• Acton Villa Soccer Club. Youth and adult soccer, indoor and outdoor
  • Acton Aqua Ducks Swim Club, established in 1987

Infrastructure[edit]

Library[edit]

The Acton branch of the Halton Hills Public Library is located at 17 River Street was initially built as the community's centennial project, and was opened in 1967. It was significantly expanded in 2012.[41]

Education[edit]

School Type Grades
McKenzie-Smith Bennett School[42] Public elementary JK–08
Robert Little Public School[43] Public elementary JK–05
Acton District High School Public secondary 09–12
St. Joseph Elementary School[44] Catholic elementary JK–08

Media[edit]

Acton is covered by local newspapers and television through the following services:

  • Acton Free Press
  • TVCogeco
  • The Acton New Tanner
  • The Halton Compass

Notable people[edit]

References[edit]

  1. ^ Acton Archived June 8, 2011, at the Wayback Machine. at Geographical Names of Canada
  2. ^ http://www.leonardshoup.com/?page=shop/flypage&product_id=69655
  3. ^ http://www.downtownacton.ca/history/tabid/56/default.aspx
  4. ^ http://ontarioplaques.com/Plaques/Plaque_Halton06.html
  5. ^ http://ontarioplaques.com/Plaques/Plaque_Halton06.html
  6. ^ McEvoy, H., ed. (1869). The province of Ontario gazetteer and directory. Toronto: Robertson & Cook. p. 18. 
  7. ^ "Acton Historical Plaque". Retrieved 2012-02-26. 
  8. ^ "The First Council of the Town of Acton - 1950". The Acton Free Press. January 12, 1950. Retrieved 2012-05-29. 
  9. ^ http://www.downtownacton.ca/history/tabid/56/default.aspx
  10. ^ http://www.actontownhallcentre.ca/index.php/history
  11. ^ "Acton Borough Council". Civic Heraldry of England and Wales. 
  12. ^ "A Suitable Crest for Acton: The Council Favors Adoption of That of Acton, England". The Acton Free Press. September 2, 1926. p. 1. 
  13. ^ The Regional Municipality of Halton Act, 1973, S.O. 1973, c. 70, s. 2
  14. ^ "History of Acton". Hide House. Retrieved 2012-05-28.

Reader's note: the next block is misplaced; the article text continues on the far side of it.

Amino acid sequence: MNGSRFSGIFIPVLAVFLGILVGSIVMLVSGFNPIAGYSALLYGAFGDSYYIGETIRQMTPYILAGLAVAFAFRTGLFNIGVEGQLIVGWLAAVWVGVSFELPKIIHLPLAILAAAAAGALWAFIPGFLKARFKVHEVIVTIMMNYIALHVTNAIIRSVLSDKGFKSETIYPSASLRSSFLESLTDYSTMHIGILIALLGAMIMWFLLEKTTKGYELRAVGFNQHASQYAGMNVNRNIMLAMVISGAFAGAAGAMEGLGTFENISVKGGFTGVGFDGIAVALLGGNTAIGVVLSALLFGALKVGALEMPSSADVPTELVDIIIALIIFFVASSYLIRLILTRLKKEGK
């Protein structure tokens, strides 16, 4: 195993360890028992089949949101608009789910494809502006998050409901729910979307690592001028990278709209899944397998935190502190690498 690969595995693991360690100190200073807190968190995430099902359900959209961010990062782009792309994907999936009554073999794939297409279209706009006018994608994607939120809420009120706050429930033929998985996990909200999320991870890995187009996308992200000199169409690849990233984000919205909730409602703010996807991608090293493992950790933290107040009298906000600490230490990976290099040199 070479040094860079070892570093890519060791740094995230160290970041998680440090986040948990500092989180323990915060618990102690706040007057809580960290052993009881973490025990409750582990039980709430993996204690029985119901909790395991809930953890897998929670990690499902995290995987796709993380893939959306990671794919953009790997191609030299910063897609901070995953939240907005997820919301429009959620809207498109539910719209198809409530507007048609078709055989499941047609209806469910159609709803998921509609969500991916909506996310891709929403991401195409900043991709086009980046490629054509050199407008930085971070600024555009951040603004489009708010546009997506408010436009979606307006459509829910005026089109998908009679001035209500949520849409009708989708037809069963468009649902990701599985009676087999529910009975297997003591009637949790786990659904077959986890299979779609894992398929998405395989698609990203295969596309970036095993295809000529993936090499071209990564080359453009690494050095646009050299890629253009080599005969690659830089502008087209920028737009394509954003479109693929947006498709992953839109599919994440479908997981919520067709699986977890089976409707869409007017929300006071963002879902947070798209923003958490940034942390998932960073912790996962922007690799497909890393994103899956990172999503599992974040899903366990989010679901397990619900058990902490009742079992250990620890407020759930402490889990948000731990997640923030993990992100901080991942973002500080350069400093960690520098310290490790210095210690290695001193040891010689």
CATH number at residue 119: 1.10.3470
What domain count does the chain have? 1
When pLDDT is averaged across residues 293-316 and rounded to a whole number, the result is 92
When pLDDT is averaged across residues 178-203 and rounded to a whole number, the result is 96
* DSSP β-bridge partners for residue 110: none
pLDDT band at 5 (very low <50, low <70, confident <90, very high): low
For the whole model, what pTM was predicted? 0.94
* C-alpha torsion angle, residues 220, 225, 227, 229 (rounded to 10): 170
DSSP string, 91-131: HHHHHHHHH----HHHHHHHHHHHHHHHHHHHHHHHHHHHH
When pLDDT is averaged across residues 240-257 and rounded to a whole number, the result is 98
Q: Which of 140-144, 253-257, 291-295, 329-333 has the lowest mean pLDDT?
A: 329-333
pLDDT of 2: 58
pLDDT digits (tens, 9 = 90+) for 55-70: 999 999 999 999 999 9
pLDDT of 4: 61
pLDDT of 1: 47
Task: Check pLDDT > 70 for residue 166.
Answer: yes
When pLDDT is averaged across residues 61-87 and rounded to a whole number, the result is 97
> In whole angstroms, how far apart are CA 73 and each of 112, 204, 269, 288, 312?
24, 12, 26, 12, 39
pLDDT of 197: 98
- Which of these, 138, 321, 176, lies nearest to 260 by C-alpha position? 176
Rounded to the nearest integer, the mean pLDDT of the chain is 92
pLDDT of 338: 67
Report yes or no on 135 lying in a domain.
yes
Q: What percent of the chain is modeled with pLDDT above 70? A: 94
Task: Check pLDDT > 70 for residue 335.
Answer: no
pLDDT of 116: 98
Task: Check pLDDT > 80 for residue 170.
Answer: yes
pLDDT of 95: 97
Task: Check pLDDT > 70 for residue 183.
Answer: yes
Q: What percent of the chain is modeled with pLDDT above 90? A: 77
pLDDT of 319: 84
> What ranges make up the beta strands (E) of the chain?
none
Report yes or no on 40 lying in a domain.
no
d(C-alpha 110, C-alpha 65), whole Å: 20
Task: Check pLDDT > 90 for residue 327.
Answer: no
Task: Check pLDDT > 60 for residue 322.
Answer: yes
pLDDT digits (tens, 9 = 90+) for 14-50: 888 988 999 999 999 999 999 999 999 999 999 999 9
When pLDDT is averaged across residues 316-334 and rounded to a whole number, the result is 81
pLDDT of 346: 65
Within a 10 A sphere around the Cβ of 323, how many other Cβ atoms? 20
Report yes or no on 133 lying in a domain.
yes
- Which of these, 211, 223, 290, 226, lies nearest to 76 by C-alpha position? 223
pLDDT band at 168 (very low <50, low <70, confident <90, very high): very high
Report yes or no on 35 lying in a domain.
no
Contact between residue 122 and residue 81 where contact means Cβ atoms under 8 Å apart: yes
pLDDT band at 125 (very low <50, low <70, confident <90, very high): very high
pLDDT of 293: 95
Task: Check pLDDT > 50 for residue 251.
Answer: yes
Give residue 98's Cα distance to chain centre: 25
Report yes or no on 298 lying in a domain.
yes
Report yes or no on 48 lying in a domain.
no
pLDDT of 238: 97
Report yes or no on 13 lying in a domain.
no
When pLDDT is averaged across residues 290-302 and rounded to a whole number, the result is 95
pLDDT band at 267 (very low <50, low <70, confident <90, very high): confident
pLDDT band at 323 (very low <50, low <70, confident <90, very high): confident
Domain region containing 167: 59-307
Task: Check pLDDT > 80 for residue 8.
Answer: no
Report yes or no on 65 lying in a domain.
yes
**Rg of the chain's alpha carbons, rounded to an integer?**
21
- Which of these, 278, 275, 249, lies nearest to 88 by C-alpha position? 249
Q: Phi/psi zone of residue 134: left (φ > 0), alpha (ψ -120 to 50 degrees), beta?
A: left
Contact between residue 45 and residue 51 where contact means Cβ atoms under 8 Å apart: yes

15. ^ http://images.ourontario.ca/Partners/HHPL/HHPL002885961pf_0031.pdf
  16. ^ "Business and History - Beardmore & Co., Limited". Western Libraries, University of Western Ontario. Retrieved 2012-05-28. [permanent dead link]
  17. ^ http://images.ourontario.ca/Partners/HHPL/NT001708407pf_0019.pdf
  18. ^ http://images.ourontario.ca/Partners/HHPL/HHPL002885961pf_0031.pdf
  19. ^ "Business and History - Beardmore & Co., Limited". Western Libraries, University of Western Ontario. Retrieved 2012-05-28. [permanent dead link]
  20. ^ http://hidehouse.ca/about/history-of-acton/
  21. ^ https://books.google.ca/books?id=uXk3yUgj1yYC&pg=PA99&dq=Kingston,+ontario&hl=en&sa=X&ved=0ahUKEwiBna2wxr7TAhVL7YMKHfRMD744HhDoAQg3MAQ#v=onepage&q=Kingston%2C%20ontario&f=false
  22. ^ "Special Commemorative Pullout Section - Marking the 20th anniversary of Beardmore closing" (PDF). The New Tanner. 2006-09-14. Retrieved 2012-05-29. 
  23. ^ https://www.theifp.ca/community-story/5359928-hide-house-files-for-bankruptcy-protection/
  24. ^ http://www.downtownacton.ca/history/tabid/56/default.aspx
  25. ^ "Company History". Superior Glove Works Ltd. Retrieved 2012-05-28. 
  26. ^ "Grand Trunk Railroad Station". Retrieved 2012-02-26. 
  27. ^ "GO station to be built in Acton". Guelph Mercury. 27 July 2012. Retrieved 27 July 2012. 
  28. ^ "Metrolinx fulfills its commitment to bring GO Trains to Acton" (Press release). Metrolinx. 2012-07-26. Retrieved 2012-08-29. 
  29. ^ "It’s a GO for Acton Jan. 7". Independent Free Press. 13 December 2012. Retrieved 15 December 2012. 
  30. ^ "Toronto Suburban Railway - Guelph Radial Line". Retrieved 2012-02-26. 
  31. ^ Acton Tanning Co v Toronto Suburban Rway Co 1918 CanLII 1, 56 SCR 196 (5 March 1918)
  32. ^ "Acton Agricultural Society". Retrieved 2011-12-12. 
  33. ^ "2016 Community Profiles". Canada 2016 Census. Statistics Canada. February 21, 2017. Retrieved 2017-03-27. 
  34. ^ "2011 Community Profiles". Canada 2011 Census. Statistics Canada. July 5, 2013. Retrieved 2012-02-08. 
  35. ^ "2006 Community Profiles". Canada 2006 Census. Statistics Canada. March 30, 2011. Retrieved 2012-02-06. 
  36. ^ "2001 Community Profiles". Canada 2001 Census. Statistics Canada. February 17, 2012. 
  37. ^ http://www.halton.ca/regional_council_administration/halton_regional_council_2014-2018/
  38. ^ "Halton Hills 2014 Municipal Election Results". Town of Halton Hills. 
  39. ^ http://www.haltonhills.ca/
  40. ^ http://www.haltonhills.ca/officialplan/pdf/op/01_Town%20of%20Halton%20Hills%20Official%20Plan.pdf
  41. ^ "Halton Hills Public Library - Acton Branch - Virtual Tour". Retrieved 2012-05-29. 
  42. ^ "McKenzie-Smith Bennett School". Retrieved 2013-06-13. [permanent dead link]
  43. ^ "Robert Little Public School". Retrieved 2013-06-13. [permanent dead link]
  44. ^ "St. Joseph (Acton) Elementary School". Retrieved 2013-06-13. 

Further reading[edit]

External links[edit]